I think you need some different term than 'variable components' for what you're describing here. Component glyphs with their own variable design space, as I talked about during my TYPO Labs presentation in Berlin, is something that is quite likely to happen. It implies an extension of the glyf table, building on the existing components mechanism to allow those components to be variable in their own design spaces while also subject to fvar variation at the font level.

    What I understand you to be talking about would seem to require a new format of cmap table that is able to reference positions in the design space of a variable glyph rather than glyph IDs. Or, rather, is able to map from a codepoint to a GID and then to a location in the design space of that glyph.

    A few years ago, I proposed a new cmap format that would map from single Unicode codepoints to multiple glyph IDs. This would allow us to make fonts that don't need to include precomposed diacritic letters, because one could map from, e.g. U+00E8 to the glyphs /e/ and /gravecomb/, and allow GPOS mark positioning to look after the display. [It would also enable something like Tom Milo's deconstruction of characters into discrete stroke elements.] At the time, I was told that no one was interested in implementing a new cmap format (I believe the format 14 table for Unicode variation selector sequences was the last new cmap format; it basically does the opposite of my proposal, mapping from multiple Unicode codepoints to single GIDs).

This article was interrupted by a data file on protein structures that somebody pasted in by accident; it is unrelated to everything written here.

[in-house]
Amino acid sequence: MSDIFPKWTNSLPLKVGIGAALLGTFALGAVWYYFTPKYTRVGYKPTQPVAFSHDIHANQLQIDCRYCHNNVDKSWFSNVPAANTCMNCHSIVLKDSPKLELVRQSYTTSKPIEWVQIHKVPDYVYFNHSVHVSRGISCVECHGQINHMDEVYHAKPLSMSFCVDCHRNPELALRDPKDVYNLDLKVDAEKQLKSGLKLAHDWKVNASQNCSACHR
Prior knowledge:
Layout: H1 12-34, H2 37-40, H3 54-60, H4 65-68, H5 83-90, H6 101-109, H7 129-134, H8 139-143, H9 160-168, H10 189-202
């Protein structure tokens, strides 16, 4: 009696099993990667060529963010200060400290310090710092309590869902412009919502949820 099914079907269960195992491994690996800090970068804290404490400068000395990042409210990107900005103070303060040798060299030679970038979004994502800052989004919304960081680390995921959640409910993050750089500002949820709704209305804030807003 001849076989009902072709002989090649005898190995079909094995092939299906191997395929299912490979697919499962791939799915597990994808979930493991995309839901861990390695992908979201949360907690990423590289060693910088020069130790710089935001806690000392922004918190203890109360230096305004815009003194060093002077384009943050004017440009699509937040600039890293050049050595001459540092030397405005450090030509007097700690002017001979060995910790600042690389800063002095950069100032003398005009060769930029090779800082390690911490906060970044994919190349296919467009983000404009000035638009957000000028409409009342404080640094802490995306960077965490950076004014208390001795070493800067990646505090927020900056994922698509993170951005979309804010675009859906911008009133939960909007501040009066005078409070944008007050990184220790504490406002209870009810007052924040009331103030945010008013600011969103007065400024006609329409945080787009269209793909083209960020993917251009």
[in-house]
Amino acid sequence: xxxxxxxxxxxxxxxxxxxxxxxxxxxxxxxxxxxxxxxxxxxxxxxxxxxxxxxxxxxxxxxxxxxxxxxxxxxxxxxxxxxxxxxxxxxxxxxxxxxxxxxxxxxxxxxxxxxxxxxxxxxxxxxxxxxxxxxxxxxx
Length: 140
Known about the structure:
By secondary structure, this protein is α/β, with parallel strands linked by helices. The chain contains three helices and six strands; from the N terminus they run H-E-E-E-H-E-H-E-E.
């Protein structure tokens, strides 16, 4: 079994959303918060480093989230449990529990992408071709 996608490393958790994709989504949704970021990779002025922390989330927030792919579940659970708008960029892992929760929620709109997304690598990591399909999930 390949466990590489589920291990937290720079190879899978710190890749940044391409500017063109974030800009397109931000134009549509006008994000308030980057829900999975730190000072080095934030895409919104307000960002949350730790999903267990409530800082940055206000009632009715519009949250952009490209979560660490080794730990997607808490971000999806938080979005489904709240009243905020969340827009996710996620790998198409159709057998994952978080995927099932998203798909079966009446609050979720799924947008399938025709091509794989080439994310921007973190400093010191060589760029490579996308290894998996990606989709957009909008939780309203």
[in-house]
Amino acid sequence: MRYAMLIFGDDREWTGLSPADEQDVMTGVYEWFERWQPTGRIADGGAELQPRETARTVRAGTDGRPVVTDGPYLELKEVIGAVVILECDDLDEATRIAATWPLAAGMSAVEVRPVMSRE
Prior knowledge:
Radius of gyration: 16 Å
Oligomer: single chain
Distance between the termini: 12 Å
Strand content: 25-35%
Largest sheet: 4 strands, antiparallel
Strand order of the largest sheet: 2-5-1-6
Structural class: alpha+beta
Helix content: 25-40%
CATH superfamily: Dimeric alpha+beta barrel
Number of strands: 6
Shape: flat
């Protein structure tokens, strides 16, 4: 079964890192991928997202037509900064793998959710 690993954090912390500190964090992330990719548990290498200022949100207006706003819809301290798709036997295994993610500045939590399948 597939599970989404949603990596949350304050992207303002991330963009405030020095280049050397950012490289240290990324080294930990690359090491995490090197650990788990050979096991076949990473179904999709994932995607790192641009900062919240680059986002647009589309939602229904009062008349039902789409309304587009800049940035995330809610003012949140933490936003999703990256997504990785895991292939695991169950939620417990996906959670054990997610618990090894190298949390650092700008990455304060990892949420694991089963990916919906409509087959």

Maybe things have changed now. OT font variations have opened up almost all aspects of the spec to change, so perhaps a new cmap format is something that the software makers would consider? I'm not very hopeful about that, but if it is the case I would be still be pushing for my one-to-many cmap format.